Receptor-mediated biological cause and effect


Nature (supplement) Vol. 486, No. 7403 (). Produced with support from Ajinomoto Co., Inc.

“Taste is central to our being, but this vital sense is only now becoming clear at the biological level. Scientists have identified the receptors that respond to the five basic stimuli of sweet, sour, bitter, salty and umami (savoury), and are now exploring how the brain interprets them. Nature Outlook Taste reports the latest findings from the front lines of flavour.”


Here are links to the two articles from this supplement that I found most useful.


My comment:
Taken together, these two open-access articles from the supplement offer a concise and reasonably accurate overview of the receptor-mediated events that are required for adaptive evolution. After reading 4 pages, it would be difficult for anyone who is vaguely familiar with biologically based cause and effect to attribute the required ecological, social, neurogenic, and cognitive niche construction of adaptive evolution to anything other than the epigenetic effects of olfactory/pheromonal input. There is, however, some misleading information on the role of random mutations. Evolutionary theorists can cling to that.

Unfortunately, the concision did not allow details of the evolved pathway in mammals that links food odors and pheromones directly to behavior via changes in intracellular signaling and stochastic gene expression in the hormone-secreting neurons of the medial preoptic area of the hypothalamus (e.g., in brain tissue). This neurogenic niche controls the development of every other neuronal system that is subsequently linked to behavior. For those details, you will need to read 7 more pages (with 3 pages of references). See, for example: Kohl, J.V. (2012) Human pheromones and food odors: epigenetic influences on the socioaffective nature of evolved behaviors. Socioaffective Neuroscience & Psychology, 2: 17338.

Nevertheless, reading only the 4 pages from the Nature supplement may advance the most vocal and errant of evolutionary theorists to a level of understanding about the importance of receptor-mediated events. This could lead further, perhaps even to an understanding of how animal models and model organisms are used to detail the adaptive evolution of behavior from microbes to man.

Anyone who can’t understand (e.g.,after reading 4 pages) why I focus on receptor-mediated events that cause adaptive evolution should remain silent to avoid letting others know how ignorant they are when it comes to the basic principles of biology and levels of biological organization required to link sensory cause to the adaptive evolution of human behavior.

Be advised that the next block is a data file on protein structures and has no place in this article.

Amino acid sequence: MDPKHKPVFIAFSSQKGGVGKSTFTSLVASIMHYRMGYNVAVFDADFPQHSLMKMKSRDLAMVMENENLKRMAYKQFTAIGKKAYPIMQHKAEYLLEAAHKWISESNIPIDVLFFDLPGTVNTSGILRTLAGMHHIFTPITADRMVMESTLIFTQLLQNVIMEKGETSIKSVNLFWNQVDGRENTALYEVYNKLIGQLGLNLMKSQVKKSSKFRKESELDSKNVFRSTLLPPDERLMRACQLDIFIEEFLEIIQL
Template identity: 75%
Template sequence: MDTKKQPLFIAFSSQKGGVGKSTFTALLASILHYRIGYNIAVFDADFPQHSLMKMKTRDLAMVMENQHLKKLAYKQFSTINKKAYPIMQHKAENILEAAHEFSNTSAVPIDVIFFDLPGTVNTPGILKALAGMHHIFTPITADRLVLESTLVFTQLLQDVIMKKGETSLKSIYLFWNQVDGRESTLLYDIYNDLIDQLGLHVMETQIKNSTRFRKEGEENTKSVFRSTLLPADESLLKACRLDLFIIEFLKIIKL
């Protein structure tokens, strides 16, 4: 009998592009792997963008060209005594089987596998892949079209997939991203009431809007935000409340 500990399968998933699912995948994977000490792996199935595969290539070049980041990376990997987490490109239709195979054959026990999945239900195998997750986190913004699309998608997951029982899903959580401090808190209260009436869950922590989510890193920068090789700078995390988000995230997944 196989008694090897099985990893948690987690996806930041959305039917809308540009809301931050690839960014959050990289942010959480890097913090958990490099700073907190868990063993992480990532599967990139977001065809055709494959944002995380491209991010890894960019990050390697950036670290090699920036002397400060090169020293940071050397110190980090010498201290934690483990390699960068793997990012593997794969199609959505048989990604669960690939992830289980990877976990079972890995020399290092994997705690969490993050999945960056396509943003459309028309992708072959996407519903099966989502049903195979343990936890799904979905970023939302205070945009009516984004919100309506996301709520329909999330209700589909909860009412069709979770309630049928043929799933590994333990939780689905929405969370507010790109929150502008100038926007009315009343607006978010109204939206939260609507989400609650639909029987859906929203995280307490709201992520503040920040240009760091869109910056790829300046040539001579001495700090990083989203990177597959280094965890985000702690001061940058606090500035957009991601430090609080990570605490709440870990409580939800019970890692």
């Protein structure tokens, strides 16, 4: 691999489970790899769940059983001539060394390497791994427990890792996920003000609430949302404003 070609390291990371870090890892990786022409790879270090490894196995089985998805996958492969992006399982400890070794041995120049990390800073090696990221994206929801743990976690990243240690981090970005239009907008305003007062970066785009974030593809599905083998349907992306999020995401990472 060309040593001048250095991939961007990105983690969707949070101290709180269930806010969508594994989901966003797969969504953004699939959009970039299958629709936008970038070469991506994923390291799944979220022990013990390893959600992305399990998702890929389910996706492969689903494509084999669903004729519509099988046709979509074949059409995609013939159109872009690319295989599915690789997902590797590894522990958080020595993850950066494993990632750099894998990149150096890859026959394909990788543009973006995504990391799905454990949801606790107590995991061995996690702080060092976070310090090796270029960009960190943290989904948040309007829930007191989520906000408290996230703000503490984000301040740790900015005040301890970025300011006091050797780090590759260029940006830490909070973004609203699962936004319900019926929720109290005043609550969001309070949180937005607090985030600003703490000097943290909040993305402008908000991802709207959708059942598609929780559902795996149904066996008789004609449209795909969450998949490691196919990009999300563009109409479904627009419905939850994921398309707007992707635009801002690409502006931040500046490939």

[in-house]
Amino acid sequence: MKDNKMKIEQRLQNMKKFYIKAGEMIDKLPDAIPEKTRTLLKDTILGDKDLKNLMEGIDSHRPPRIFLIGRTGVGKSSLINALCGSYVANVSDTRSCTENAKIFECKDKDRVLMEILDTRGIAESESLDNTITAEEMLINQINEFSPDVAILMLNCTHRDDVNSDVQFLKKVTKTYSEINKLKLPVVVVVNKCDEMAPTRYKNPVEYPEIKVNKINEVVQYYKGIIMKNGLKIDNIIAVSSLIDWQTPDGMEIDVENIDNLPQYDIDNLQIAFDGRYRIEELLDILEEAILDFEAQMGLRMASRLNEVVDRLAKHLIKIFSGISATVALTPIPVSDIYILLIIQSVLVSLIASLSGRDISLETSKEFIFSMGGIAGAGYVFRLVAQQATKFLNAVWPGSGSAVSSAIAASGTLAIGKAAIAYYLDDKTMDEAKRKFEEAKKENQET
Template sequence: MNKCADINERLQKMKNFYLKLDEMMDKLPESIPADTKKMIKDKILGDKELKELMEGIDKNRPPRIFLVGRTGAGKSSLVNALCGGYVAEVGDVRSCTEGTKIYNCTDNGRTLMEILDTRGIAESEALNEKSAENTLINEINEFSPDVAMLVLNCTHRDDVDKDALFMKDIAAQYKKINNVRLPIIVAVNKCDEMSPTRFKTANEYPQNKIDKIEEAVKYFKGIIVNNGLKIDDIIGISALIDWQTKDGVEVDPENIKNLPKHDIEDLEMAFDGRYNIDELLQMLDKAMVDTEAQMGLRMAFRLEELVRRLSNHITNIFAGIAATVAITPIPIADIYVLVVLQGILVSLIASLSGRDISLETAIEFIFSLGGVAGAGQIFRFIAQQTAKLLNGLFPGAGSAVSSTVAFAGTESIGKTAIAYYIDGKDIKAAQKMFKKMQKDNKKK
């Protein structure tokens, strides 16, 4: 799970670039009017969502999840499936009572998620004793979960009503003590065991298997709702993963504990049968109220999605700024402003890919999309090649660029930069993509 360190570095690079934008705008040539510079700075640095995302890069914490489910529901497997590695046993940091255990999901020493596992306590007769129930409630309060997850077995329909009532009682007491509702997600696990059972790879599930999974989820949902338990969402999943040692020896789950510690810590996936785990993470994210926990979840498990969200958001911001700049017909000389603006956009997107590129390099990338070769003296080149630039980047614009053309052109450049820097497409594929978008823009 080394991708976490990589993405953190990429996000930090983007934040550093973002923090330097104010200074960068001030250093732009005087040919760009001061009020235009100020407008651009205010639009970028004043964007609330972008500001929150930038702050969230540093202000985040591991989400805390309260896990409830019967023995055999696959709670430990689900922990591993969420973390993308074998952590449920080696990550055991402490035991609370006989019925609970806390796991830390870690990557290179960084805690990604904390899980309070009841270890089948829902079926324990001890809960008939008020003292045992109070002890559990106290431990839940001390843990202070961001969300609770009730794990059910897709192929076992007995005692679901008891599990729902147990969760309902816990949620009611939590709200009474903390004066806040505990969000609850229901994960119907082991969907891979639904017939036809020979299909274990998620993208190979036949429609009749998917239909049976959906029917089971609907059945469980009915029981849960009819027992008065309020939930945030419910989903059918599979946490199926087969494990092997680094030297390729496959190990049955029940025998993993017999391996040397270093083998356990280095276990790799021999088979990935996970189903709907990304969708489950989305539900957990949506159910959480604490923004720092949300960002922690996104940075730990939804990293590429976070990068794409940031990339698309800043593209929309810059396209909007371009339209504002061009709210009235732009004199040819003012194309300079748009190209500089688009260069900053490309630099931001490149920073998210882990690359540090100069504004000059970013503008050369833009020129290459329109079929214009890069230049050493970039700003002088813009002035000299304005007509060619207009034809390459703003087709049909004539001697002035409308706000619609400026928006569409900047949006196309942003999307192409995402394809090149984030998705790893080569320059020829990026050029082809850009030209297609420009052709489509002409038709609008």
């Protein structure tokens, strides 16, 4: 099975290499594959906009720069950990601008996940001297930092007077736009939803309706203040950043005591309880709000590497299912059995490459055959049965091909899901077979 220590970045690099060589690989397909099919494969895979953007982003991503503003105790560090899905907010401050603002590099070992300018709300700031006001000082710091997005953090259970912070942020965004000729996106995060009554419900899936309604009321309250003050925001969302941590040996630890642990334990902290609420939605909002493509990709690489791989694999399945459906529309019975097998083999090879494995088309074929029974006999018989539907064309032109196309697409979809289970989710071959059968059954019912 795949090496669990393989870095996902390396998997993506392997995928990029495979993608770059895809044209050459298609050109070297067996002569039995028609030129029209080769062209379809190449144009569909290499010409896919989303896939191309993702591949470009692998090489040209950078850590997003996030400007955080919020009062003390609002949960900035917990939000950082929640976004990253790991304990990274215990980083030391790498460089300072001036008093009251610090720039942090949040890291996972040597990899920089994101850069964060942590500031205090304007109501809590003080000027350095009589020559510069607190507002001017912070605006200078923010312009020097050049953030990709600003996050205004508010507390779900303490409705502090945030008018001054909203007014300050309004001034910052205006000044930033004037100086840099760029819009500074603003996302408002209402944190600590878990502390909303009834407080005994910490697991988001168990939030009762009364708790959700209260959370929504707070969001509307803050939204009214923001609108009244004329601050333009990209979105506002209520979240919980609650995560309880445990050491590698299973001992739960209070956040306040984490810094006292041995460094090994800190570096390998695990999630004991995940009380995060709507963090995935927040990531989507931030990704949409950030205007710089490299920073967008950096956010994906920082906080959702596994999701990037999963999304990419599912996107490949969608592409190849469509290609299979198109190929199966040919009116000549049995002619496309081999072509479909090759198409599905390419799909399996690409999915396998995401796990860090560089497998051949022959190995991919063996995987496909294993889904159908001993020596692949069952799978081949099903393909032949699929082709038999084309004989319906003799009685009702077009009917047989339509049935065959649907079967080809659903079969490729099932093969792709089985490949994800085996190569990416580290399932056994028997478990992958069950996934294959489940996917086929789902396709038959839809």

About James V. Kohl 1308 Articles
James Vaughn Kohl was the first to accurately conceptualize human pheromones, and began presenting his findings to the scientific community in 1992. He continues to present to, and publish for, diverse scientific and lay audiences, while constantly monitoring the scientific presses for new information that is relevant to the development of his initial and ongoing conceptualization of human pheromones. Recently, Kohl integrated scientific evidence that pinpoints the evolved neurophysiological mechanism that links olfactory/pheromonal input to genes in hormone-secreting cells of tissue in a specific area of the brain that is primarily involved in the sensory integration of olfactory and visual input, and in the development of human sexual preferences. His award-winning 2007 article/book chapter on multisensory integration: The Mind’s Eyes: Human pheromones, neuroscience, and male sexual preferences followed an award winning 2001 publication: Human pheromones: integrating neuroendocrinology and ethology, which was coauthored by disinguished researchers from Vienna. Rarely do researchers win awards in multiple disciplines, but Kohl’s 2001 award was for neuroscience, and his 2007 “Reiss Theory” award was for social science. Kohl has worked as a medical laboratory scientist since 1974, and he has devoted more than twenty-five years to researching the relationship between the sense of smell and the development of human sexual preferences. Unlike many researchers who work with non-human subjects, medical laboratory scientists use the latest technology from many scientific disciplines to perform a variety of specialized diagnostic medical testing on people. James V. Kohl is certified with: * American Society for Clinical Pathology * American Medical Technologists James V. Kohl is a member of: * Society for Neuroscience * Society for Behavioral Neuroendocrinology * Association for Chemoreception Sciences * Society for the Scientific Study of Sexuality * International Society for Human Ethology * American Society for Clinical Laboratory Science * Mensa, the international high IQ society